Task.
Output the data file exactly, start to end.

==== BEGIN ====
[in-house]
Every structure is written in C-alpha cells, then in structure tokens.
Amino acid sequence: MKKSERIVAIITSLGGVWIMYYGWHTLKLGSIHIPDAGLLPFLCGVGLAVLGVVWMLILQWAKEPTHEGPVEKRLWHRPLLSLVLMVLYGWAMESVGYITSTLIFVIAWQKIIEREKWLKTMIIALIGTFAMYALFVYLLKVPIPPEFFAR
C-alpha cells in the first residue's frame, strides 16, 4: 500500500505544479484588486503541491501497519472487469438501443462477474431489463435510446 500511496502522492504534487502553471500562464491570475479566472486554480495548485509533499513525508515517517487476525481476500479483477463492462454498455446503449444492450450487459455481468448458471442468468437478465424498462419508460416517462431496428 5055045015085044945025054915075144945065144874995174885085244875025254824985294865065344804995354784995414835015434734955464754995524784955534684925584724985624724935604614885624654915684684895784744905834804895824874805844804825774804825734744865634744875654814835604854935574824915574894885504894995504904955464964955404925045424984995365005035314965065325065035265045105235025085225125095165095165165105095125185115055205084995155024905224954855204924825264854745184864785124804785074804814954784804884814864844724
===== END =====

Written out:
[in-house]
Every structure is written in C-alpha cells, then in structure tokens.
Amino acid sequence: MKKSERIVAIITSLGGVWIMYYGWHTLKLGSIHIPDAGLLPFLCGVGLAVLGVVWMLILQWAKEPTHEGPVEKRLWHRPLLSLVLMVLYGWAMESVGYITSTLIFVIAWQKIIEREKWLKTMIIALIGTFAMYALFVYLLKVPIPPEFFAR
C-alpha cells in the first residue's frame, strides 16, 4: 500500500505544479484588486503541491501497519472487469438501443462477474431489463435510446 500511496502522492504534487502553471500562464491570475479566472486554480495548485509533499513525508515517517487476525481476500479483477463492462454498455446503449444492450450487459455481468448458471442468468437478465424498462419508460416517462431496428 5055045015085044945025054915075144945065144874995174885085244875025254824985294865065344804995354784995414835015434734955464754995524784955534684925584724985624724935604614885624654915684684895784744905834804895824874805844804825774804825734744865634744875654814835604854935574824915574894885504894995504904955464964955404925045424984995365005035314965065325065035265045105235025085225125095165095165165105095125185115055205084995155024905224954855204924825264854745184864785124804785074804814954784804884814864844724